Athletes make the mistake of focusing too much on off-season summer training and not getting enough rest. Your skeletal muscles and your brain require rest and recovery to avoid injury. Your best game will arise from a rested and healthy body. Rest is good for recovery, strength, and mental focus (this can be #1).
8 options athlete’s can progress under off season
1. Get outside more
Be active in the summer. Spend time outside hiking, kayaking, running in 5 K’s (they are not as intense as a running regimen), and other summertime activities. As long as you remain active in the summer, you will keep your body moving and your blood pumping, making it easier to transition back to training when the season starts.
2. Drink more water
Stay hydrated in the summer. A dehydrated body is a body that cannot perform well. Hydration for athletes is essential, however, you don’t need as much water when you aren’t training and competing.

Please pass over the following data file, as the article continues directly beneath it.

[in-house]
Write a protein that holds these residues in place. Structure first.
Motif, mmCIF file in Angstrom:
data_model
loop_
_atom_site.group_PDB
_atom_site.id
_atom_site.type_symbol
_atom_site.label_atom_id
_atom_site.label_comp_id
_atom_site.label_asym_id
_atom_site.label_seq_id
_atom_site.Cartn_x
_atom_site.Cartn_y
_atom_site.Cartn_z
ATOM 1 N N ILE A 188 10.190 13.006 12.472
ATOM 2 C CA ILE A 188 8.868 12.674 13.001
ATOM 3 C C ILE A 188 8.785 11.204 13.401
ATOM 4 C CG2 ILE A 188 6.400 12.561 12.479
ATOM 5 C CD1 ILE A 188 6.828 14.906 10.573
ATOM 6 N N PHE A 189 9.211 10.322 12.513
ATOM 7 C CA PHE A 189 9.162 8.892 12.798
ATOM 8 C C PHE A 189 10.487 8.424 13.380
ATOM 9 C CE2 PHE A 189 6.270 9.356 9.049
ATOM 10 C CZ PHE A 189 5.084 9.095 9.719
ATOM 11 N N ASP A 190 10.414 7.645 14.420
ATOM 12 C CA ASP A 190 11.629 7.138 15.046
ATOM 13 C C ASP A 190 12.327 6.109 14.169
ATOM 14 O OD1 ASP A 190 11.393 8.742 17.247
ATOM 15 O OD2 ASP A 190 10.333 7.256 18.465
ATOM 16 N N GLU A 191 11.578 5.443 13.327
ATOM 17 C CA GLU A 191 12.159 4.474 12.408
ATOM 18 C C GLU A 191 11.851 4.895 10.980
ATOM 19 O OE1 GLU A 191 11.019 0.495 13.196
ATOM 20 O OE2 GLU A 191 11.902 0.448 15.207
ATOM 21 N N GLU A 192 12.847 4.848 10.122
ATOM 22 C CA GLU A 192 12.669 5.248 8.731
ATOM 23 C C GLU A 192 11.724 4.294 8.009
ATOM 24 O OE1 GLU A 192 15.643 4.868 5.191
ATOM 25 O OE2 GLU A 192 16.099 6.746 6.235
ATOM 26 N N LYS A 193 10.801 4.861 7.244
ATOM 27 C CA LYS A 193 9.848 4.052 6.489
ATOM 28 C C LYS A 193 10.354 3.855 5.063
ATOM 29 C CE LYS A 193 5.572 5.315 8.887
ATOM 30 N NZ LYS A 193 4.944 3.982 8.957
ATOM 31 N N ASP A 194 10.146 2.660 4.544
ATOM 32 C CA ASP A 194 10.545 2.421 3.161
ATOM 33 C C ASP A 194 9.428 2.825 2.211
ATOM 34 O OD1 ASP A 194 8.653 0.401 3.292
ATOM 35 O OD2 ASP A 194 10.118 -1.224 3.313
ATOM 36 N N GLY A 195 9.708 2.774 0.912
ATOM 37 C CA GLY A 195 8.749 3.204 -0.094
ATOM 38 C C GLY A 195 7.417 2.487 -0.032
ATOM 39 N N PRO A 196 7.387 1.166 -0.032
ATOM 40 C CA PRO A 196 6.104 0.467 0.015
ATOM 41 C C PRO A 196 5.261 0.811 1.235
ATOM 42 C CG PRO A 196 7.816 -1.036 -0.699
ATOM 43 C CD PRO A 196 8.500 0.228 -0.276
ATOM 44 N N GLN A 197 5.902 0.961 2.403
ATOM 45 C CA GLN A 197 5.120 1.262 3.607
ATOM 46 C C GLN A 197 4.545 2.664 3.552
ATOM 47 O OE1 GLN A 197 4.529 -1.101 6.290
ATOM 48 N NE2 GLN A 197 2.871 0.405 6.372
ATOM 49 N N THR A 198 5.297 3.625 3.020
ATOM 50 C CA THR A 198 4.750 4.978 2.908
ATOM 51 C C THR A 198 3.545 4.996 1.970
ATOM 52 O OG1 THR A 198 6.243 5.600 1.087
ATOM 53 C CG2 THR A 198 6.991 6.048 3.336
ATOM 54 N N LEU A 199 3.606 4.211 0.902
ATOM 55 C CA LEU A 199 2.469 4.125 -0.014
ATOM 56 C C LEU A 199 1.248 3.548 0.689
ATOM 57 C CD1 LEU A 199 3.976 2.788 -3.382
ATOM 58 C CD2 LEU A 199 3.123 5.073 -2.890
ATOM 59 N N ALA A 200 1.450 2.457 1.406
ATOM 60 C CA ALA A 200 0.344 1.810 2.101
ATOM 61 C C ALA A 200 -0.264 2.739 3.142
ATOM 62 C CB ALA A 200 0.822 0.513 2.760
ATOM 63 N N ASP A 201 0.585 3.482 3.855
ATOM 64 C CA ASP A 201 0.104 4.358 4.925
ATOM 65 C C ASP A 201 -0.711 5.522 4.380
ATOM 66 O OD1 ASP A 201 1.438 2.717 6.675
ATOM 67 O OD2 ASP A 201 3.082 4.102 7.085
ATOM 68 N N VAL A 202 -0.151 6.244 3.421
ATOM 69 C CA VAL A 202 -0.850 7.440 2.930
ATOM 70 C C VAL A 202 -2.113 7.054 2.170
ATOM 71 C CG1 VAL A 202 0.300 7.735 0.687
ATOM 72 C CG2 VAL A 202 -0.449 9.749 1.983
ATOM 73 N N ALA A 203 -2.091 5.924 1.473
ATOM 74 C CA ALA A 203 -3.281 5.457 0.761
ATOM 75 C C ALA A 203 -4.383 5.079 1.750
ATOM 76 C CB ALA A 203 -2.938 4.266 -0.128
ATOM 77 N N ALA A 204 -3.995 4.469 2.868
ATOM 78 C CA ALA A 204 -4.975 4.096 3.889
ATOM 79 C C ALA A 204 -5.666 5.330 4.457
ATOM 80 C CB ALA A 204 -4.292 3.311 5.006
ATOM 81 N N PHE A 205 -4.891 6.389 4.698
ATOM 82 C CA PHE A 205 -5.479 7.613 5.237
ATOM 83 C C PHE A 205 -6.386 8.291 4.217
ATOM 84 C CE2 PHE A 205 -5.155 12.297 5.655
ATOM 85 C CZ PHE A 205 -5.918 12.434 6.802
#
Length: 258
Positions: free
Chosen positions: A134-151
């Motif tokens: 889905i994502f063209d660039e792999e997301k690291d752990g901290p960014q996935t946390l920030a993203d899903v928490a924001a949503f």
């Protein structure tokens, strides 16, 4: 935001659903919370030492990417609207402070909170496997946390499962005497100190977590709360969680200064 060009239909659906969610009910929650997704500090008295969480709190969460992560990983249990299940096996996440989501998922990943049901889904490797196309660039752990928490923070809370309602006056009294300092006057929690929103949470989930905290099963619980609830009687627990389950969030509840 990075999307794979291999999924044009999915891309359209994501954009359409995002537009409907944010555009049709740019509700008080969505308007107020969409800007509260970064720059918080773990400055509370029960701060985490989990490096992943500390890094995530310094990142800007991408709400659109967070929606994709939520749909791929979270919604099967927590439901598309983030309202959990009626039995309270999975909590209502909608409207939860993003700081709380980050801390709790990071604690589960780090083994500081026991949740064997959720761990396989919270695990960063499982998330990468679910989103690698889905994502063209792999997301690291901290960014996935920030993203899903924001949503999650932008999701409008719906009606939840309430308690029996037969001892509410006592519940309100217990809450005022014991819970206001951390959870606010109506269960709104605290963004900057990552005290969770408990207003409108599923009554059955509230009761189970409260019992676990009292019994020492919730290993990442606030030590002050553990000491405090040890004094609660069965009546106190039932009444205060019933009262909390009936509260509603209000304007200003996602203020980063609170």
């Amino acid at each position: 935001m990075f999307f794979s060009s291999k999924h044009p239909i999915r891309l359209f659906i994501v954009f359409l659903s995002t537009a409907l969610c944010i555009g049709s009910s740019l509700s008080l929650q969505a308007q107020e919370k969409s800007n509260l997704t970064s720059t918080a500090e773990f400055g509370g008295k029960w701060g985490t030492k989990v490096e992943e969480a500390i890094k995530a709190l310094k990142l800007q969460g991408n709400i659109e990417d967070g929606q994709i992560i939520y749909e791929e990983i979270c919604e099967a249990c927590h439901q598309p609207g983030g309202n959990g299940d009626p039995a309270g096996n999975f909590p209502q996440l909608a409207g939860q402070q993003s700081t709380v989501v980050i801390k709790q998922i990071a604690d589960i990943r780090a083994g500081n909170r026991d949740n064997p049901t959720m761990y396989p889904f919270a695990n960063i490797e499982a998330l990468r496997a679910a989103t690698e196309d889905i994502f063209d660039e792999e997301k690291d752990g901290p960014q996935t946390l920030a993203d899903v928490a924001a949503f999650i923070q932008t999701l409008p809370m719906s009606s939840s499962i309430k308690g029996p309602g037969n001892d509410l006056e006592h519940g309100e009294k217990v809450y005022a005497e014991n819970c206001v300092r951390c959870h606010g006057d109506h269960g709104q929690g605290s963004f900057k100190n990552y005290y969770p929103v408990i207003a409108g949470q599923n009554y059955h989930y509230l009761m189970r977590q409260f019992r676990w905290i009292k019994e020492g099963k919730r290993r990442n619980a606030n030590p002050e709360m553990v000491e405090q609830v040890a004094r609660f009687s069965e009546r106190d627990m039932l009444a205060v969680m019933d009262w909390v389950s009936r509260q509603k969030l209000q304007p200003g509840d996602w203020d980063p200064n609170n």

When you’re training, you need 17-20 ounces of water before you workout, 7 to 10 ounces every 10-20 minutes while active, and 8 ounces in the 30 minutes after exercising. Develop the habit of drinking plenty of water so you don’t become dehydrated when you start exercise and playing again.
3. Keep up with nutrition
Summer often means beer, bars, campfire foods, and plenty of parties with good food. It also means the best opportunity for adding fat not muscle to our body.
It is not a bad thing to increase skeletal/muscle mass. It is another thing to increase body fat. When you gain weight, your speed decreases, your endurance starts to hide, and the pressure on your bones increases. In addition, the weight you gained quickly takes twice as long to get loose it.